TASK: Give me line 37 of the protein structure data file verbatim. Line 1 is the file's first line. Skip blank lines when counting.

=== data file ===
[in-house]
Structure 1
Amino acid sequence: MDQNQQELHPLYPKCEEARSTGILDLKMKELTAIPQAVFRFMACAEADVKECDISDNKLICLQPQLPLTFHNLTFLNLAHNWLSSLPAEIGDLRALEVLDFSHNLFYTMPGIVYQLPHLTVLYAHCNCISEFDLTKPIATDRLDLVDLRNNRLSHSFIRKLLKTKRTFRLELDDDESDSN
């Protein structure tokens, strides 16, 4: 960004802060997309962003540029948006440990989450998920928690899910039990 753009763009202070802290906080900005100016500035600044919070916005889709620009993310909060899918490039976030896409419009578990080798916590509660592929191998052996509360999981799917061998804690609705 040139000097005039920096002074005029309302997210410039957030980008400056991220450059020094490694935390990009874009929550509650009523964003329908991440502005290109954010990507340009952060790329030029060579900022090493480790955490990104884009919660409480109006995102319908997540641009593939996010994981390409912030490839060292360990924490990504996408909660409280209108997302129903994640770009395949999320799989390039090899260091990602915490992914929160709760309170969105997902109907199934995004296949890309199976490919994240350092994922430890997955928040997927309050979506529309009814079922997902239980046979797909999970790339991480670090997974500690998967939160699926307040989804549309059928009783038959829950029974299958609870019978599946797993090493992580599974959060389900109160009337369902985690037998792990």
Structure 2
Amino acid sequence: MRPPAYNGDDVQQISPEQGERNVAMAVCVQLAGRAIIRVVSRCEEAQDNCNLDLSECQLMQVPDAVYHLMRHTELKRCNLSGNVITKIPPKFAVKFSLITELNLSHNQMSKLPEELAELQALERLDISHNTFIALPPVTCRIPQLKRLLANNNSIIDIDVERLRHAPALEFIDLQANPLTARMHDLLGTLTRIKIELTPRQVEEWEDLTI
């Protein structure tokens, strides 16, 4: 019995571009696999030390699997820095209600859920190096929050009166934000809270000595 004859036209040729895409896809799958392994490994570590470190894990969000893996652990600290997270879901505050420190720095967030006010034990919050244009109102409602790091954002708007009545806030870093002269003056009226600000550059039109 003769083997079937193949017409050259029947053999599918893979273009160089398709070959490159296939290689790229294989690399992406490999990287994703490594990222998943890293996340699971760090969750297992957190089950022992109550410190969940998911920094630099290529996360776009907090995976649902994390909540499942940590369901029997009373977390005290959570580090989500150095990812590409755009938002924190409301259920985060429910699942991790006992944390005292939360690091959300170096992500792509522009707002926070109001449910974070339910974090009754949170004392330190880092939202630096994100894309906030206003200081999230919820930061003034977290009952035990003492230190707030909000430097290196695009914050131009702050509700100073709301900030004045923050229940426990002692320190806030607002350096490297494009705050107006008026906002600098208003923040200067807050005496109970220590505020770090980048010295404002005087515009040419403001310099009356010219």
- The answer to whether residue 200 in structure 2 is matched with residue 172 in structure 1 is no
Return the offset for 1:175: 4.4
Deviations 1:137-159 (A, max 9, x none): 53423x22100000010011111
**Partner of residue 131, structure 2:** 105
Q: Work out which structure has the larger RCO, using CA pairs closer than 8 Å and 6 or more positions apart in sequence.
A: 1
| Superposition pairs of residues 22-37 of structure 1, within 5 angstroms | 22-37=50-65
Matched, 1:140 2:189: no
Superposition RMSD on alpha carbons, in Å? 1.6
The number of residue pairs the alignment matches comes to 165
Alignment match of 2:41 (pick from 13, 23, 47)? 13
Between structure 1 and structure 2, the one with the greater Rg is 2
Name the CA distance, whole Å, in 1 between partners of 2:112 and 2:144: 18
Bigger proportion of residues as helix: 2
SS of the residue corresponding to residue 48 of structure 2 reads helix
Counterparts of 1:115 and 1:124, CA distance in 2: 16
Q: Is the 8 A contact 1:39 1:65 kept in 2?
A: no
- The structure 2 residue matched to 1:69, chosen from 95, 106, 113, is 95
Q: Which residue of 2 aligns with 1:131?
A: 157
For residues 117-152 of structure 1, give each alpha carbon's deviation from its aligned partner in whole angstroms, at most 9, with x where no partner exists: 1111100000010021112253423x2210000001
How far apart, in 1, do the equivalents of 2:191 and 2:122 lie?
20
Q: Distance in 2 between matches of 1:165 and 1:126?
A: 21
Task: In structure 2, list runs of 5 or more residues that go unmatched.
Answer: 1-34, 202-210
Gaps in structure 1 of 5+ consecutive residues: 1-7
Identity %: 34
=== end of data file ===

Identity %: 34